This fire burned 16 sequoia groves (almost entirely on NPS lands, with the exception of parts of Redwood Mountain Grove). Fire severity was estimated based on satellite data and sequoia grove maps. Of the 4,374 grove acres burned, 69 percent of the area had either no detected change or low severity fire, while 31 percent burned at moderate to high severity. Scientists estimate that between 1,330 to 2,380 large sequoias (over 4 feet or 1.2 meters in diameter) have already been killed or will die within the next 3 to 5 years.
Learn more about this fire's timeline and management on Sequoia and Kings Canyon National Parks' KNP Complex Fire web page.
The September 9th lightning storm that ignited the KNP Complex fires also started the Windy Fire, located south of Sequoia National Park in Sequoia National Forest and the Tule River Reservation. It burned 97,528 acres by a containment date of November 15, 2021. Scientists estimate that between 931 to 1,257 large sequoias were killed or will die in the next 3-5 years.
Taken together, the combined loss from the KNP Complex and Windy fires is estimated to be 2,261 to 3,637 large sequoias that have already been killed or will die in the next three to five years, or 3 to 5 percent of the sequoias in the entire Sierra Nevada population of large sequoias.
Now is the time for action.
The unprecedented number of giant sequoias lost to fire last year serves as a call to action. We know that climate change is increasing the length and severity of our fire seasons due to hotter temperatures and drought. To combat these emerging threats to our forests, we must come together across agencies. Actions that are good for protecting our forests are also good for protecting our communities.
--Clay Jordan, Superintendent, Sequoia and Kings Canyon National Parks, July 2021
Managers of lands where giant sequoias occur recognize the importance of working across management boundaries, with each other and numerous other partners, to protect giant sequoias in the face of emerging threats: a warming climate, severe fire, drought, and beetles. The Giant Sequoia Lands Coalition has been formed with an eye toward the future, to better enable land managers to protect the remaining giant sequoias. It comprises all public and Tribal land management agencies in stewardship of giant sequoias. The members of the Giant Sequoia Lands Coalition are:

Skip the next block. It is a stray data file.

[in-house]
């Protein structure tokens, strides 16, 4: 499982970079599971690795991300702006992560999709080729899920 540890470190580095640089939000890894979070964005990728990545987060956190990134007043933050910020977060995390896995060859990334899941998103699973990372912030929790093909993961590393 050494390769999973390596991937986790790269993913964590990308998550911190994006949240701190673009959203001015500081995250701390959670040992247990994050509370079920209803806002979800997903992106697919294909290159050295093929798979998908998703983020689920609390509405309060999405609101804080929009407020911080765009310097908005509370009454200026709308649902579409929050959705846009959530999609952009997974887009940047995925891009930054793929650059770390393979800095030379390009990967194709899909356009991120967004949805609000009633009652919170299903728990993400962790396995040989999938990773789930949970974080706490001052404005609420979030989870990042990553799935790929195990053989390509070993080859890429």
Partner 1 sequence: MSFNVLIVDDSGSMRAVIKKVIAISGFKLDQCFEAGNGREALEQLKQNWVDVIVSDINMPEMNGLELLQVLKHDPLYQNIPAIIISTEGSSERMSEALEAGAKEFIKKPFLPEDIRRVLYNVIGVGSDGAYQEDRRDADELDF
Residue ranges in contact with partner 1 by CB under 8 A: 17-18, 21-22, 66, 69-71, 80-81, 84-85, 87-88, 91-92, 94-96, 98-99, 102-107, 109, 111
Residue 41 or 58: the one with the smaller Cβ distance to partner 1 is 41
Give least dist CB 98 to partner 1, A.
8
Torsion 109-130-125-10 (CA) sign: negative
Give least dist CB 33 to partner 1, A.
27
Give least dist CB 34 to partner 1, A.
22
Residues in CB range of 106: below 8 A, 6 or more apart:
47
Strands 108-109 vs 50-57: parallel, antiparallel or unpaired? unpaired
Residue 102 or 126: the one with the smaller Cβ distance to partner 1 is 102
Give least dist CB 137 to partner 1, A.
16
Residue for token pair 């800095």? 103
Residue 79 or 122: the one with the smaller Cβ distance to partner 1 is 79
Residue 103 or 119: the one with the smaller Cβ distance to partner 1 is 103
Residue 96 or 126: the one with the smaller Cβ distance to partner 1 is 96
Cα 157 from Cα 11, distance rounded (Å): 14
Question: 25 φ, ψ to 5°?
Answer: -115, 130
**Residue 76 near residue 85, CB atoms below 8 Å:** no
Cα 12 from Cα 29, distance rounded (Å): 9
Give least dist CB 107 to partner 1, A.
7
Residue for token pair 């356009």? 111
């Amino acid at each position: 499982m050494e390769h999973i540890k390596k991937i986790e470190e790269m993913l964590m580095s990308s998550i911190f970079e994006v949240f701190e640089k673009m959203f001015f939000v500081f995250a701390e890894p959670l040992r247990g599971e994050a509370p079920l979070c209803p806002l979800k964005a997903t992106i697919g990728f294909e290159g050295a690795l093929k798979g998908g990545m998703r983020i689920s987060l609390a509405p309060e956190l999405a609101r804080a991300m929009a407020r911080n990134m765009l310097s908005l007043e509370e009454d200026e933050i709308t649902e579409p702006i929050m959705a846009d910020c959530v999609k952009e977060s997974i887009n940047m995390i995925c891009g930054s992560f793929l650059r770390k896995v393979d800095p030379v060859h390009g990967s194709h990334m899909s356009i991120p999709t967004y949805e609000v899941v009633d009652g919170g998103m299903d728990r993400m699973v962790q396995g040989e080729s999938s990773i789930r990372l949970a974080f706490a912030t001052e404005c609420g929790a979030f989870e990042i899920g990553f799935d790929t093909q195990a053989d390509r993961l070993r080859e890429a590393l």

- National Park Service, represented by Sequoia and Kings Canyon National Parks and Yosemite National Park
- United States Forest Service, represented by Sequoia National Forest and Giant Sequoia National Monument, Sierra National Forest, and Tahoe National Forest
- Bureau of Land Management, represented by Case Mountain Extensive Recreation Management Area
- Tule River Indian Tribe, stewards of Black Mountain Grove
- State of California, represented by Calaveras Big Trees State Park and Mountain Home Demonstration State Forest
- University of California, Berkeley, stewards of Whitaker’s Research Forest
- Tulare County, stewards of Balch Park
These organizations and additional partners (such as U.S. Geological Survey Western Ecological Research Center, Sequoia Parks Conservancy, and Save the Redwoods League) have the following goals:
- Increase wildfire resilience through research and monitoring
- Increase pace and scale of forest treatments to reduce forest fuels through prescribed burning and restorative thinning
- Increase efficiency through partnerships aimed at policy changes that allow for more swift action
For more information and resources about emerging threats to giant sequoias, visit the Giant Sequoia Lands Coaltion web page.
ReferencesStephenson, N. and. and C. Brigham. 2021. Preliminary estimates of sequoia mortality in the 2020 Castle Fire (web article).
Stephenson, N. L. 2000. Estimated ages of some large giant sequoias: General Sherman keeps getting younger. Madroño 47, no. 1 (2000): 61-67.
Stephenson et al. in prep. Giant sequoias [apparently] killed by novel interactions of extreme drought, recent fire, and bark beetle.